I’ve checked back from time to time on your site about what to do with plastic bags — bread bags, frozen veggie bags, Ziploc bags, etc. Grocery stores will take clean plastic grocery bags back for reprocessing, but so far I don’t know about the other bags. It’s hard to avoid accumulating these bags since so much comes pre-packaged in them. Any ideas?
-Sue L., Orchard Park, NY
Plastic bag recycling (also known as plastic film recycling) can get tricky if you don't know what kind of plastic the bag is made of. Those plastic bag recycling drop-off boxes at grocery stores accept polyethylene film, which includes high-density polyethylene (also known as HDPE or #2 plastic) and low-density polyethylene (also known as #4 plastic or LDPE). Most bags that are marked as #2 HDPE or #4 LDPE can be placed in the drop-off box, along with your regular plastic grocery bags. However, a lot of perfectly acceptable bags aren’t marked with what kind of plastic they are — bread bags and Ziploc bags, for example.
You can actually put bread bags and Ziploc bags with your plastic grocery bags when you take them back to the grocery store for recycling. Just make sure they are dry and clean, completely free of food residue. But it’s true, frozen veggie bags are not accepted. That’s because the plastic in these bags typically contain additives or layers of other materials to protect the food. The additives or layers are contaminants in the plastic film recycling process and can ruin a whole batch of recycled material, so make sure to keep them out of the drop-off box.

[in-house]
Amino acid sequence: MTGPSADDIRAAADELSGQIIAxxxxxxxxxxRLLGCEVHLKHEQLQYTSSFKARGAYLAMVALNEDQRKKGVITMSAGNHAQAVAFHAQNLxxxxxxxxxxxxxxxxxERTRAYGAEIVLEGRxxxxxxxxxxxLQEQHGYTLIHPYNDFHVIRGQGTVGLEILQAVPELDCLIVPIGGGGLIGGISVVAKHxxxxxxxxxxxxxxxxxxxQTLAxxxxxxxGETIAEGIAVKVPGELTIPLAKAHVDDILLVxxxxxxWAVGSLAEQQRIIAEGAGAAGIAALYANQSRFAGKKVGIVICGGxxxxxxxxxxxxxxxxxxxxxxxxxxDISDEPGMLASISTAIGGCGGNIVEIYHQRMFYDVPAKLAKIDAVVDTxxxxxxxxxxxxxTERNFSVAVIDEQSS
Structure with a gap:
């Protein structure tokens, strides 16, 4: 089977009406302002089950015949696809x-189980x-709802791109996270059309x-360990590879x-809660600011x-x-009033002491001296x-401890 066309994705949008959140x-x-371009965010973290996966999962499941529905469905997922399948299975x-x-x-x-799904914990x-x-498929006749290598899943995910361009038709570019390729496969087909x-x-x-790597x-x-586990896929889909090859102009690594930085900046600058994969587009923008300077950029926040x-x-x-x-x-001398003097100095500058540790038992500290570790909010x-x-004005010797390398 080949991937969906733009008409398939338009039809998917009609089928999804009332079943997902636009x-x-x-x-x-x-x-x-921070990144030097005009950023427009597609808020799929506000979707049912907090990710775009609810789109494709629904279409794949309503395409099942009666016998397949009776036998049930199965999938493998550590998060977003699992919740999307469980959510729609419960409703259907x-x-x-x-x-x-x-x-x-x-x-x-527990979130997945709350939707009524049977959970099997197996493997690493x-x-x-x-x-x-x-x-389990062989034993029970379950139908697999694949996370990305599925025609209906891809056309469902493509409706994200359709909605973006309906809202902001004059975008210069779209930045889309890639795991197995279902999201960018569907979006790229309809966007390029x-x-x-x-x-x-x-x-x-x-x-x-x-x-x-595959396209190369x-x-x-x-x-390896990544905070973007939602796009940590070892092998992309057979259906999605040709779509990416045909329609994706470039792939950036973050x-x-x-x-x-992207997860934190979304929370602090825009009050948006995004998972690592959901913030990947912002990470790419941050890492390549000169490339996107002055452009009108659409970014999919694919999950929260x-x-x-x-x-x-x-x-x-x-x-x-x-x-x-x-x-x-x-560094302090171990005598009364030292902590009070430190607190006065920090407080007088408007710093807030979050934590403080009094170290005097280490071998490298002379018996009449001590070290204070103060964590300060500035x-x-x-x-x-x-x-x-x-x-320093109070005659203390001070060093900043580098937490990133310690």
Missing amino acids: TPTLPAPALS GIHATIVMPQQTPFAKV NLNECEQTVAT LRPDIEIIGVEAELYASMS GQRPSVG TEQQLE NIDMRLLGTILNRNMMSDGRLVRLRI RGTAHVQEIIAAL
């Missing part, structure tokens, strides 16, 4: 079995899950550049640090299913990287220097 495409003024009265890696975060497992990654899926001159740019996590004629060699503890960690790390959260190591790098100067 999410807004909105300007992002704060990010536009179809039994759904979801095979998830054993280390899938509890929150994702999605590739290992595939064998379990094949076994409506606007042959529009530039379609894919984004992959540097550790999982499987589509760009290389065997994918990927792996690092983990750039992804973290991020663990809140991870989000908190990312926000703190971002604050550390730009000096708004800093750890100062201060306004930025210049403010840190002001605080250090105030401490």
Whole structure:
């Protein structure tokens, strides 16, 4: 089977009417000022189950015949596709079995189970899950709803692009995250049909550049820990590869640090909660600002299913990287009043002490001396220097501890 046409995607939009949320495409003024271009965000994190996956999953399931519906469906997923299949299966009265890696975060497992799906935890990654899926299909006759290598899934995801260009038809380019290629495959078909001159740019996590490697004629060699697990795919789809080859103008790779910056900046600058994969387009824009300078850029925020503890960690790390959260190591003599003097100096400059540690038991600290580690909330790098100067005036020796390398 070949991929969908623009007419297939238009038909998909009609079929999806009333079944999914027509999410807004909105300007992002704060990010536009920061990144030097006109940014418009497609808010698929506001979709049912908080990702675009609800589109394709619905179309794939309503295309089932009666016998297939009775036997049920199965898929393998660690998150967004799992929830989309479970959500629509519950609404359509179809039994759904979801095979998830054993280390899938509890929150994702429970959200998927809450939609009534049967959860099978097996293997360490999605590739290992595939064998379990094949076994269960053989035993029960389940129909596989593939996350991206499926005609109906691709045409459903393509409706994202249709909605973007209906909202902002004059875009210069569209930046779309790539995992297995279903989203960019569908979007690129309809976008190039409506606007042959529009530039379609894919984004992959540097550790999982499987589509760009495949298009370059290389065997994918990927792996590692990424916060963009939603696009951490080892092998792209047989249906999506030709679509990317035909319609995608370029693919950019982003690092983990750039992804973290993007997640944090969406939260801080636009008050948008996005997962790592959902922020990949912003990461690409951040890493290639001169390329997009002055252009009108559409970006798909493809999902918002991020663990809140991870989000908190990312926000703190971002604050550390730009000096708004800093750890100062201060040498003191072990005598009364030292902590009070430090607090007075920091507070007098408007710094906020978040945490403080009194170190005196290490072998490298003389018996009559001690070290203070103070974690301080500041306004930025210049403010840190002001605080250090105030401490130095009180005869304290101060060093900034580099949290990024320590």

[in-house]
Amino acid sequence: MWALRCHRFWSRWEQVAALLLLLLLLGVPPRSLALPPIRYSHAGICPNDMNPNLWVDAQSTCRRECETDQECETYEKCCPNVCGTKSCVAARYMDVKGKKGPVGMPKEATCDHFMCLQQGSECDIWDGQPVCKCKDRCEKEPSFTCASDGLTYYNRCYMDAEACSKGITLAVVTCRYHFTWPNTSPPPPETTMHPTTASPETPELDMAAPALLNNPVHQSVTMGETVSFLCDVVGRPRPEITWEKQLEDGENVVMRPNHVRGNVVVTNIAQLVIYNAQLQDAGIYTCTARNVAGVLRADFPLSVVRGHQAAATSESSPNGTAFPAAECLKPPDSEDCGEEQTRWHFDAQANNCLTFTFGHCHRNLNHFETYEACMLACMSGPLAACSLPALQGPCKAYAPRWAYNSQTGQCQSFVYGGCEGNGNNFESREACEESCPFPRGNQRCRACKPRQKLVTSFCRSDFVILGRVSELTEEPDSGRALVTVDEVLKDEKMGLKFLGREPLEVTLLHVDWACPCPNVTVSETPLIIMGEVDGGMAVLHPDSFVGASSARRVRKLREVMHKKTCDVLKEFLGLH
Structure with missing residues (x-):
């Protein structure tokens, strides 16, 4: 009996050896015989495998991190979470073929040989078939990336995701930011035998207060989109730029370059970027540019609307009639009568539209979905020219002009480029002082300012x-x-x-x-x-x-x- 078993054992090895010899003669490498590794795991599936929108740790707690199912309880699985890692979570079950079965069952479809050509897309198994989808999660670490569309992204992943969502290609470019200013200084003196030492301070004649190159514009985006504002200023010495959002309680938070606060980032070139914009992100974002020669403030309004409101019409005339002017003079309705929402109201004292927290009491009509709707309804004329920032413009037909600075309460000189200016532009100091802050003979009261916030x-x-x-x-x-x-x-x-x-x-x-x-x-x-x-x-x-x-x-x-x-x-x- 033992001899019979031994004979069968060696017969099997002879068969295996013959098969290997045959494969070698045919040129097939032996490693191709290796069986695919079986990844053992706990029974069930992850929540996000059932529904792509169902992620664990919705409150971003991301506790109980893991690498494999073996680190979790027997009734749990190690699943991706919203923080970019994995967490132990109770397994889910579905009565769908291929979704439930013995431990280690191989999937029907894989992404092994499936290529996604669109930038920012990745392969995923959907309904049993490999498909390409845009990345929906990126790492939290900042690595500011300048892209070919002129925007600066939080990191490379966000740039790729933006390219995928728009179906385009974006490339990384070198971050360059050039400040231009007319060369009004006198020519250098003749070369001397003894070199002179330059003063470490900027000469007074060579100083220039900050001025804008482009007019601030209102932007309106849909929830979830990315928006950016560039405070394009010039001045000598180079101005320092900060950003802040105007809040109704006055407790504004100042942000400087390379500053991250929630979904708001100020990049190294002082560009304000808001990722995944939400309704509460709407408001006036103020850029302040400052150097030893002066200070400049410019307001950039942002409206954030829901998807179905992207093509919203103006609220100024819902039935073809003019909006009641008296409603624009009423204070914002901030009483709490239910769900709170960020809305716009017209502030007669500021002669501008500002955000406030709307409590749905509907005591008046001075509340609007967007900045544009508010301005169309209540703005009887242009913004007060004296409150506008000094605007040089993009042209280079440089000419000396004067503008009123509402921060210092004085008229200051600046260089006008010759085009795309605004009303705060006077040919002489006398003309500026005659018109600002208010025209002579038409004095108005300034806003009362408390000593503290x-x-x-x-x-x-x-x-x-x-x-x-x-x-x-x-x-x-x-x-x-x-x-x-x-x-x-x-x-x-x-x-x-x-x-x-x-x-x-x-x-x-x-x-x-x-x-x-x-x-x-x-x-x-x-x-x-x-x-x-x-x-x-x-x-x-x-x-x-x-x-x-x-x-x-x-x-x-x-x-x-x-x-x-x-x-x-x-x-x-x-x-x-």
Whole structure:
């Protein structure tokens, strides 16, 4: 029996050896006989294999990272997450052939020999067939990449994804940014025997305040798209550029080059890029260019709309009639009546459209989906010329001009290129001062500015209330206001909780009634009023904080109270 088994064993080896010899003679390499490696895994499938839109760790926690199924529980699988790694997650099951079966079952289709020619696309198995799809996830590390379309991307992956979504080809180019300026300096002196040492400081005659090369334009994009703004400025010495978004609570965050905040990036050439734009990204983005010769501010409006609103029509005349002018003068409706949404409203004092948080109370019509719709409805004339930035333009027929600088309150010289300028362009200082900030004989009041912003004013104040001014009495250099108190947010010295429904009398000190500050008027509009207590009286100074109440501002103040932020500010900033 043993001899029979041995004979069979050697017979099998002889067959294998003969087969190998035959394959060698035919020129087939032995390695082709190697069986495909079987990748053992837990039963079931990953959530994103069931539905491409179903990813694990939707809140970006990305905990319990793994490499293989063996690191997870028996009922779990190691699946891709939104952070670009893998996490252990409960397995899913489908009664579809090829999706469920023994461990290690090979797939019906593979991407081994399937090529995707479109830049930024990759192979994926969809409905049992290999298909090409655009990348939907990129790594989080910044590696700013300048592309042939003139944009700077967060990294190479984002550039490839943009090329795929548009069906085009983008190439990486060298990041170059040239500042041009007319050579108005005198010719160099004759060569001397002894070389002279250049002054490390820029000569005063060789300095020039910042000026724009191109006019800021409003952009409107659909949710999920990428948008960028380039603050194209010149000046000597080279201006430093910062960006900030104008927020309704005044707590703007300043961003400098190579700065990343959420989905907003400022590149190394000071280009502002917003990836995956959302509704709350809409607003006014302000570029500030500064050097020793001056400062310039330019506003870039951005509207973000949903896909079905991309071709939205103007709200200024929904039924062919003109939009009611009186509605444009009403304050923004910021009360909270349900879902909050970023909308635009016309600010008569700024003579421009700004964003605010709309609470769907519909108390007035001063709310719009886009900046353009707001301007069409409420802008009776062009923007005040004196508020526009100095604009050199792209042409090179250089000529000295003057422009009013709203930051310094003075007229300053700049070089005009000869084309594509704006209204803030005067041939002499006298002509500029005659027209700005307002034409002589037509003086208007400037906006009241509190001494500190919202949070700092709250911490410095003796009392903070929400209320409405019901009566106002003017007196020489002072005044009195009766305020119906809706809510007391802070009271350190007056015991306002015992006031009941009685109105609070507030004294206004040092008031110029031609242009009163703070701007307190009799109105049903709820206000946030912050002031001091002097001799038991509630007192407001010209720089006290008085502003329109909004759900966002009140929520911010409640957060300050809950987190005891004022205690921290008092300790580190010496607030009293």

Unfortunately, there aren’t really any other options for recycling frozen food bags. It is indeed hard to avoid them, but avoiding them is currently the best way to reduce unrecyclable plastic waste. It negates the convenience of prepared frozen foods, but you could freeze fresh vegetables, fruits, and meals in food storage bags. Food storage bags, after they are washed and dried, can be recycled.
And remember, we are talking about recycling plastic bags by dropping them off at receptacles found in grocery stores and other retail locations. Plastic bags should never go in your home recycling bin. It’s extremely rare for curbside pick-up recycling programs to accept plastic bags in the recycling bin, so play it safe and take them to a drop-off location. Use Plasticfilmrecycling.org’s drop-off locator to find one near you.